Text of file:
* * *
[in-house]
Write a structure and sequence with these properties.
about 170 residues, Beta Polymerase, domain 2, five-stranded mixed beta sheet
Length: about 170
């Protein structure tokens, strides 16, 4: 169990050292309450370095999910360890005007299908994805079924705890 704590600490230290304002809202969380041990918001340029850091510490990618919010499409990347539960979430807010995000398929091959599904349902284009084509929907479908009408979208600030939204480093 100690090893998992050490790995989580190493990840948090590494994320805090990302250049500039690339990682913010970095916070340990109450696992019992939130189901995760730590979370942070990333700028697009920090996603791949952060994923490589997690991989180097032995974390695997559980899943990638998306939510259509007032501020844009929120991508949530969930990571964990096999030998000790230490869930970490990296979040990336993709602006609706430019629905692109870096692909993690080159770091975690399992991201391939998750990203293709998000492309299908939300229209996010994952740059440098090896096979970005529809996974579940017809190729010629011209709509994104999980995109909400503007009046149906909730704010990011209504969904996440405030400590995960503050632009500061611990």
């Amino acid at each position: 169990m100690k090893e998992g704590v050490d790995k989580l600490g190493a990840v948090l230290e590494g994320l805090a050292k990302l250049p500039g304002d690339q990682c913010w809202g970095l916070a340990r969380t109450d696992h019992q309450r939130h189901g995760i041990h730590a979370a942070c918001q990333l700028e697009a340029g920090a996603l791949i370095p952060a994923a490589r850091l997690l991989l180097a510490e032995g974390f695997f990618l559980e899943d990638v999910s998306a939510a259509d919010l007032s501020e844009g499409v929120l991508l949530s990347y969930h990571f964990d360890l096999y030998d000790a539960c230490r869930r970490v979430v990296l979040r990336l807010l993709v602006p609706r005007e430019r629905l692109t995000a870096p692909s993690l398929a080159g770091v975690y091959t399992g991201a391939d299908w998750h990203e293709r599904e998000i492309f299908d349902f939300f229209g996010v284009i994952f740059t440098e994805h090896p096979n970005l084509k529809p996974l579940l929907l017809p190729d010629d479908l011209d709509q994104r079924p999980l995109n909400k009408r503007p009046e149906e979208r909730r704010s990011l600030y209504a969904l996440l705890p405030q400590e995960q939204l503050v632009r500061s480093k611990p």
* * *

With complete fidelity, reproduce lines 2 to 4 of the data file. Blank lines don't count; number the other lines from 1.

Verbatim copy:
Write a structure and sequence with these properties.
about 170 residues, Beta Polymerase, domain 2, five-stranded mixed beta sheet
Length: about 170